Kings Finally Light the Lamp

The LA Kings finally busted out of their goal-scoring doldrums by unleashing five on the Washington Capitals Monday night at Staples Center. Among the contributors were several who are expected to score (Kopitar, Stoll, Williams), one who doesn’t all that often (Johnson), and one whose goals are as infrequently spaced as Dustin Brown’s teeth (Kyle Clifford).

Looking at the paucity of offensive production this year, the team coming into the night with fewer goals than any team in the league by three, you might think that a five-goal night hasn’t been seen on the season. Wrong. The Kings had played four prior games where they scored cinco, though it hadn’t happened since November 17th in Anaheim. On the other hand, knowing that 20 of their 88 goals had come in four games of 42 makes it even more obvious how sad their offensive progress has been.

Do the math, and you’ll get 68 goals in 38 games. Yikes!

Of the contributors, Clifford added an assist for his first career two-point night and was named the game’s first star. After, he said, “It’s a good source of confidence. We had a little bit of everything tonight . . . . Even our power play got one, so it’s definitely good. You know, we worked hard and we deserved to win there.” He added, “Our mindset it was a playoff game tonight. We needed these two points to keep moving up. Obviously we had a tough one the other night [1-0 loss against Columbus], so it’s good to get the win here.”

On the assist, he flew down the right side of the ice with the puck, head up all the way. He spotted his teammate, Johnson, cruising to the slot (JJ played offensive hockey all night long, ending with three shots and an assist to go along with his goal). Clifford then threw a soft but pinpoint accurate pass over, and Johnson shot it past starter Tomas Vokoun. The goalie was replaced going into period three with the Capitals down 4-1 and took the loss.

What’s interesting, you ask? That on the play, Clifford looked for all the world like a world-class skater and puck-handler, proof enough that these days, there’s no room for a slouch on an NHL roster. Clifford is with the Kings mostly for toughness (54 PIMs so far), but he’s hardly inept with the puck.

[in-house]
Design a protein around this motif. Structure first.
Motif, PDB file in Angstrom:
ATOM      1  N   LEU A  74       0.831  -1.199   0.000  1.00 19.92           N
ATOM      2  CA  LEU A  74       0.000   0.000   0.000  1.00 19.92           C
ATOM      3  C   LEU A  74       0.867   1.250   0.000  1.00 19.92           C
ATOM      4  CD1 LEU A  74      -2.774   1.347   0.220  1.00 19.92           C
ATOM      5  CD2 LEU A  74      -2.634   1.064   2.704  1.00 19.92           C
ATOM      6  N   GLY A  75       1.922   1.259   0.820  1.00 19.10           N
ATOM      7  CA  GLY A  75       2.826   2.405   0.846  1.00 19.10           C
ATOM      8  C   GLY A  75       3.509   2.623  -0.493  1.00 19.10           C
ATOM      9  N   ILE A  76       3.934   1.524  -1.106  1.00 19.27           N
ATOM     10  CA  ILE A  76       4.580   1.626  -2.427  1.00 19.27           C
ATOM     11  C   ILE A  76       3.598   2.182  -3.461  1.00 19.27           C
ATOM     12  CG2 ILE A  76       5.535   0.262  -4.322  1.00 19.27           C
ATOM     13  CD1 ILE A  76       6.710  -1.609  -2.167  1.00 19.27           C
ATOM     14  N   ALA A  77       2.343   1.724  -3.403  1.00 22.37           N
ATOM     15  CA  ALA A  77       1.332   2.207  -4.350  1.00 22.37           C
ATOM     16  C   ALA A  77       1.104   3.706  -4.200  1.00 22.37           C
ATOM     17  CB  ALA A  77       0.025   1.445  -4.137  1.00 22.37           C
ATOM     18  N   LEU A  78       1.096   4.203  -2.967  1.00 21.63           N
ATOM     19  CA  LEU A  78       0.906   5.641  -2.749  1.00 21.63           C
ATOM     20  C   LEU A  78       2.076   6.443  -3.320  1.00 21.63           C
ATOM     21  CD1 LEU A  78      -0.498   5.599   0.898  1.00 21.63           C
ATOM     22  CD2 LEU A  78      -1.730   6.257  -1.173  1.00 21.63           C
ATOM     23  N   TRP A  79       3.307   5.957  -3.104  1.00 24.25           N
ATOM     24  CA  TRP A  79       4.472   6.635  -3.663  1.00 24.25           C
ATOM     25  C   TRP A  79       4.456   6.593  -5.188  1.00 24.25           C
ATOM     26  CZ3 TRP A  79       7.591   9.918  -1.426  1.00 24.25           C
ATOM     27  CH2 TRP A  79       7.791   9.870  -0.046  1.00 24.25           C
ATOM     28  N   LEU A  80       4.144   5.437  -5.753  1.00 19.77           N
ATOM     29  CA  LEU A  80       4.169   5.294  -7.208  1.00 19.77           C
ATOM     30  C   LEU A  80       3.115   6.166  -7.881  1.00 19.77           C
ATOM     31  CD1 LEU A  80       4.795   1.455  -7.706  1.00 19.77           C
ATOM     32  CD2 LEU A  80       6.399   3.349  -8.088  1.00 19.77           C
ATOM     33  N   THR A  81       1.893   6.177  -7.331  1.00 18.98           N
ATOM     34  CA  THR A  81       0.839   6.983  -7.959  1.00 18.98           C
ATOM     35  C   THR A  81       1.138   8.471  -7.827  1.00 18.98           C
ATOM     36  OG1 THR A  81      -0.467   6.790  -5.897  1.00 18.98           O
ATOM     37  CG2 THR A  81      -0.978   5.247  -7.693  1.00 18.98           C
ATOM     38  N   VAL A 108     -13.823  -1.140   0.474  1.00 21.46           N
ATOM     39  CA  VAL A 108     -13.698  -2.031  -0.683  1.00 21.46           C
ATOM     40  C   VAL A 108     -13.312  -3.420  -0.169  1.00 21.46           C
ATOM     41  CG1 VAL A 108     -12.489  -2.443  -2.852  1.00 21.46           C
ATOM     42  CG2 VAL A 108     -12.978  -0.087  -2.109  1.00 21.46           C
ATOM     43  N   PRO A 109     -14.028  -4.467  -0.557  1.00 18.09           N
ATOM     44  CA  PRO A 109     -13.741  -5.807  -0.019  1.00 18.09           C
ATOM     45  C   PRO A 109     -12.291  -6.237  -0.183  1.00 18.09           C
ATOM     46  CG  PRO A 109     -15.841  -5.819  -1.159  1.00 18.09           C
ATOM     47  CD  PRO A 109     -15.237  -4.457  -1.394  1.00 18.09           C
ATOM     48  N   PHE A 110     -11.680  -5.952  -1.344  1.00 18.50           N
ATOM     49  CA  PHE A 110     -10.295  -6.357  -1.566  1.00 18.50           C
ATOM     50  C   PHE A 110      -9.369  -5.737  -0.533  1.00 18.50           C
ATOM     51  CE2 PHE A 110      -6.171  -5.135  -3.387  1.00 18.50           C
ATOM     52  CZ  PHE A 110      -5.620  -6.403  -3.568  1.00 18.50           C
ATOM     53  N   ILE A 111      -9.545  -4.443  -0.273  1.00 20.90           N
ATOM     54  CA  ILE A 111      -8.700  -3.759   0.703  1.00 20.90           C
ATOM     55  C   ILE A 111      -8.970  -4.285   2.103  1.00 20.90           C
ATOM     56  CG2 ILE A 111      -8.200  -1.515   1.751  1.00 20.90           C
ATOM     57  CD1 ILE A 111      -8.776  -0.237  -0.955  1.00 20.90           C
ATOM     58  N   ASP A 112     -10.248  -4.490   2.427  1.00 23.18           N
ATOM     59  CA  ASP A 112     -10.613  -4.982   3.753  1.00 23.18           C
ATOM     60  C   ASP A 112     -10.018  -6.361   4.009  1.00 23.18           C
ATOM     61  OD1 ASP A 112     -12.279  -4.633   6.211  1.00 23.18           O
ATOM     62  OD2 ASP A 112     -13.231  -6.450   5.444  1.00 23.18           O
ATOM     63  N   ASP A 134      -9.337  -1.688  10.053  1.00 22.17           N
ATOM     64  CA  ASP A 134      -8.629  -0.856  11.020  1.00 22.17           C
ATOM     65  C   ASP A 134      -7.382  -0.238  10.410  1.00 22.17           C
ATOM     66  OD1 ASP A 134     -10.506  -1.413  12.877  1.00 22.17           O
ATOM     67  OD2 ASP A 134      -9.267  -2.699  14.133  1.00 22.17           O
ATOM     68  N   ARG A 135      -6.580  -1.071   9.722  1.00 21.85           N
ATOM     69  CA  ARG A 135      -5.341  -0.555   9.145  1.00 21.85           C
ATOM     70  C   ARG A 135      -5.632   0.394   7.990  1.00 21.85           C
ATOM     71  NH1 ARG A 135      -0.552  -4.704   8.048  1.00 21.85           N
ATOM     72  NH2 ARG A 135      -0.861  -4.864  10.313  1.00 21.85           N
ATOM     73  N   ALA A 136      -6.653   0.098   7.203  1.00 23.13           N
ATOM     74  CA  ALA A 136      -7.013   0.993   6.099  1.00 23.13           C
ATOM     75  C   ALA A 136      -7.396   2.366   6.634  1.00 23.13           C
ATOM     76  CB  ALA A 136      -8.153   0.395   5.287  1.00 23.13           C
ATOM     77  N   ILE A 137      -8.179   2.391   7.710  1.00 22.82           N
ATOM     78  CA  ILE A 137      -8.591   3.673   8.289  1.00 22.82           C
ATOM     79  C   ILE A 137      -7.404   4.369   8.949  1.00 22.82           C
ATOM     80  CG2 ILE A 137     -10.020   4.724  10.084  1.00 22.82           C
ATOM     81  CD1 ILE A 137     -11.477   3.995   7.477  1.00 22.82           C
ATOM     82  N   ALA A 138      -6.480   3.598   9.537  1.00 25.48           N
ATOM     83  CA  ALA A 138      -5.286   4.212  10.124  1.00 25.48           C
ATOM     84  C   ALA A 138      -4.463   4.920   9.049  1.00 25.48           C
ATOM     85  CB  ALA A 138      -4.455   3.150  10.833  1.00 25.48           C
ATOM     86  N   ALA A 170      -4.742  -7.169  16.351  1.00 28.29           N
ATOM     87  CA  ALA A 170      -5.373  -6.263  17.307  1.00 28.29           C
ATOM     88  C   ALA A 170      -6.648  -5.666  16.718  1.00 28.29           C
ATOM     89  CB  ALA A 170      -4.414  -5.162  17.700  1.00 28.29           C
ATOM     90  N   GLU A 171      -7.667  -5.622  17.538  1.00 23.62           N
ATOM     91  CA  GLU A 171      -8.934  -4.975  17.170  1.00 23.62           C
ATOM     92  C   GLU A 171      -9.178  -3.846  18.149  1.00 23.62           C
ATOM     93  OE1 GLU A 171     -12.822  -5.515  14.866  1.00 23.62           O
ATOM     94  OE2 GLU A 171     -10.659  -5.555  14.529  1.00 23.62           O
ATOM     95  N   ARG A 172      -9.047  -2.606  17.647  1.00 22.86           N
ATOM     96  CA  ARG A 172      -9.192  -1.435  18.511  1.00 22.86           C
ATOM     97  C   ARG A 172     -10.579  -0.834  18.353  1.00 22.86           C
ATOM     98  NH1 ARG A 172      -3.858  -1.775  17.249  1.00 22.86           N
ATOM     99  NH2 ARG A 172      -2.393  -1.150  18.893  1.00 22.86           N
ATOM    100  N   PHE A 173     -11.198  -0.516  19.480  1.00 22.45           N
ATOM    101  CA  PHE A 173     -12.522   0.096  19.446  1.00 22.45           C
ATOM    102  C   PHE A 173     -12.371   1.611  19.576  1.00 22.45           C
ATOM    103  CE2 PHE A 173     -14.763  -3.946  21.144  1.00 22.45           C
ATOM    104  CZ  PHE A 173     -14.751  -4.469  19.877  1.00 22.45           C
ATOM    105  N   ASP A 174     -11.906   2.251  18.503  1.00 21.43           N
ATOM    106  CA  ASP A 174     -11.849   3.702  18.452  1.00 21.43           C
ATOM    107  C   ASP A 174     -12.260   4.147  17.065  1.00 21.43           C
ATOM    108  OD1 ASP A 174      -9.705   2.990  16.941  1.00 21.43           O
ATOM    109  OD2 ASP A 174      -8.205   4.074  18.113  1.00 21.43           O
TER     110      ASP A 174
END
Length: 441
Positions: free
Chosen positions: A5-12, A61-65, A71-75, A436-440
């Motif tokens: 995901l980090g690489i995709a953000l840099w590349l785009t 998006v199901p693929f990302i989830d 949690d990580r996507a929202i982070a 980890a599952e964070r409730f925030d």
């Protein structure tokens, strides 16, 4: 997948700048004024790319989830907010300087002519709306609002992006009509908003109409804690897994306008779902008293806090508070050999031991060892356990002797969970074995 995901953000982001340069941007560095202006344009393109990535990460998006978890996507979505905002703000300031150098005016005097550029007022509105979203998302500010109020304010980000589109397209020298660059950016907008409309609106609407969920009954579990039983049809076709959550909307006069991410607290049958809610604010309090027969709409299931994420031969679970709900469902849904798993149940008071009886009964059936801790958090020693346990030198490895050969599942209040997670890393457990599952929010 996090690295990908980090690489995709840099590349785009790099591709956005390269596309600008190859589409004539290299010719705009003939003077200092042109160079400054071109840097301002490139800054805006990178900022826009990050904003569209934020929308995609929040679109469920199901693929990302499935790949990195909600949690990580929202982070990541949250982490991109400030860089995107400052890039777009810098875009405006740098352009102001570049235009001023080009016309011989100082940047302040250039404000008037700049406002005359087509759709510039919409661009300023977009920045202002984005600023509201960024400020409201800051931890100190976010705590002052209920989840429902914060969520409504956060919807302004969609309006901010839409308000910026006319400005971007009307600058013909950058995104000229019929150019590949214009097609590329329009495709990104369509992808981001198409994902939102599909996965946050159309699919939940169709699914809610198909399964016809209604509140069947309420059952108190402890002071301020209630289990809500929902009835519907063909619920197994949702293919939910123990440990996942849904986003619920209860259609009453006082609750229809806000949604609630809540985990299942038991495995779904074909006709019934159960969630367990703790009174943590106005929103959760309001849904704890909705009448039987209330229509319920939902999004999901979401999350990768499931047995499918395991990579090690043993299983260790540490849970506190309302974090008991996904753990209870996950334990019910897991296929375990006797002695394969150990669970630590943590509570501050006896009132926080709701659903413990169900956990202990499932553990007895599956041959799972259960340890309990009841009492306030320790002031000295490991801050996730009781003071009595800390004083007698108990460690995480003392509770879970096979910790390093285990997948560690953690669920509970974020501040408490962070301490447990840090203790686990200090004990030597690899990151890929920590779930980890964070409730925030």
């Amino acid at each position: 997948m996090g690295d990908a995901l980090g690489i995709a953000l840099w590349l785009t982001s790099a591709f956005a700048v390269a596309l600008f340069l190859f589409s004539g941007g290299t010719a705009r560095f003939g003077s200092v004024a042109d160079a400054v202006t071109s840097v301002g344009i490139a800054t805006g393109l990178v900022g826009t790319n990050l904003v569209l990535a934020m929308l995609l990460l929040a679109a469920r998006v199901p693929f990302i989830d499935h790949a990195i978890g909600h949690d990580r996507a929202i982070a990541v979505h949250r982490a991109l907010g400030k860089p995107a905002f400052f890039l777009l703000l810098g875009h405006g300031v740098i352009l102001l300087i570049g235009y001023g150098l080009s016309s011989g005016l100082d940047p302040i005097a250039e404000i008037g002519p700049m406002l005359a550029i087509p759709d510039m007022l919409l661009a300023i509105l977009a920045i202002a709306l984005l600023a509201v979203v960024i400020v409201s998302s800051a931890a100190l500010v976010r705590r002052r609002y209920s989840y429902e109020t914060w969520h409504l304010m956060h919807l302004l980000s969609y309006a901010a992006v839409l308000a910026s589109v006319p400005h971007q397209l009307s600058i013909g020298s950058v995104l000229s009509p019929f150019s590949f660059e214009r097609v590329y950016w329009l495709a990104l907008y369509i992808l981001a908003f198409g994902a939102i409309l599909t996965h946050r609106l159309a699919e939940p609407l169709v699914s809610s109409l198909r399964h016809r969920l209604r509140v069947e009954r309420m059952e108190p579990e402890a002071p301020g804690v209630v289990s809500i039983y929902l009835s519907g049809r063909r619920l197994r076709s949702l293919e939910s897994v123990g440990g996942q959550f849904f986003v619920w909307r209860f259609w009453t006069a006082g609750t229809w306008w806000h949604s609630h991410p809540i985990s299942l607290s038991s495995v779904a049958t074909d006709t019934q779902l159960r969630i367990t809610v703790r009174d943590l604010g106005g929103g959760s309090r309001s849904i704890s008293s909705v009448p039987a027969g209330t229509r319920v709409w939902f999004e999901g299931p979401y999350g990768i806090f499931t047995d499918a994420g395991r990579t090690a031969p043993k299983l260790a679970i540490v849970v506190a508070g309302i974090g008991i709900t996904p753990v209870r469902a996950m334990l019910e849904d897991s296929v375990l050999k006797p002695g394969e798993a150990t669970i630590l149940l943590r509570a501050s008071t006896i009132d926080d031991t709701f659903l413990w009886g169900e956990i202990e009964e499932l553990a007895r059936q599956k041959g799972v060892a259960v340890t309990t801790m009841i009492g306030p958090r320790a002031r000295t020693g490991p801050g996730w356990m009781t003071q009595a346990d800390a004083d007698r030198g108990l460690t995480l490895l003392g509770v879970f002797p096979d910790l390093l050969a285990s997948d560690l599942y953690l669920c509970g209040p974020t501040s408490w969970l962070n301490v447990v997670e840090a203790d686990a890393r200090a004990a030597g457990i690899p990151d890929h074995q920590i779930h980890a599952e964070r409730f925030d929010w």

His coach had words of praise for the guy, who will be old enough to legally have a beer on Friday. When asked about Clifford, Sutter quickly cut in, saying “Good deal. You know what, he made some really good plays. Not just the goal, but also on Johnny’s goal [Johnson’s].” And the timing, too, was important. The Caps scored with just a minute and a half gone in the first period, a point that Coach Sutter elaborated on after.

According to Sutter, it wasn’t about what the Caps did, but what his team did which caused the win, and that was simple: “You don’t teach them nothing. They scored all the goals the same way. Traffic around the net, you don’t, uh, teach that.” He later said that “all the goals” essentially were dirty ones. “Bounces, and guys around the net. That’s how most of the goals are scored . . . .” Then he added a comment about Ovechkin, saying, “Everybody sees the highlight reels and thinks that that’s how it should be, it’s not.” In later comments he said, “You know what, we don’t have to talk about Ovechkin. Drew Doughty played against him every shift, and you know what, give him a lot of credit. You don’t have to talk about Ovechkin that much. Talk about the whole team.” Ovi finished the evening with 22 and a half minutes, three shots, and five hits. He played a scrappy, chippy game, and gave Doughty a couple of good slashes and spears at opportune moments. Doughty responded with chippiness of his own.

Back to the point of how goals are scored and getting to the net, Sutter said that he will not focus on the opponent, Ovechkin on this night, Dallas on Thursday, but rather wants his team thinking about what they do. Practice and what they’re taught must be carried into games, he said. When asked what specifically that entailed, he said, “Scoring. Our guys are capable of scoring. It’s not like they’re over the hill or anything. A lot of them should be in their best years.” He later said, “You’ve got to make them believe it.”

Sutter being Sutter, he responded to questions honestly, if with a bit of contrariness. When asked in follow-up whether he is convinced that the present Kings’ roster is good enough offensively, he cut the question short and said, “I just said that, yeah.”

When asked about his goalie, Bernier on this night, he said, “Didn’t get a lot of work, saved some shots and bounced back from an early goal, it wasn’t really [inaudible].”

He also took exception to a question about the loss Saturday, saying, “Hell of an effort Saturday too, everybody bases it on wins and losses, and that’s not, again, it’s, a lot of times when you lose you’re winning. You’ve just got to stay with it and figure it out and not let anything else get in your way.”

More homespun wisdom, and maybe it works, but despite the attempt at deconstructing the text of the standings, Sutter’s wrong. Losing is losing. No points get you nowhere in the standings, but this kind of topsy-turvy logic seems to lie at the heart of his approach, and with a 6-3-1 record since taking over the helm, who really cares if his ideas sound illogical. His approach is working.

Kings Notes

The team is off Tuesday but will practice Wednesday in advance of meeting Dallas on Thursday.

Making his debut on Kings ice Thursday: Brent Brewster. He’ll be playing with other kids during the first intermission. His agent… er, his dad… is Josh Brewster of and Duck Calls fame. He says the kid is looking forward to his draft year, 2023.

Please follow me on Twitter @growinguphockey. I promise few tweets, but good ones.


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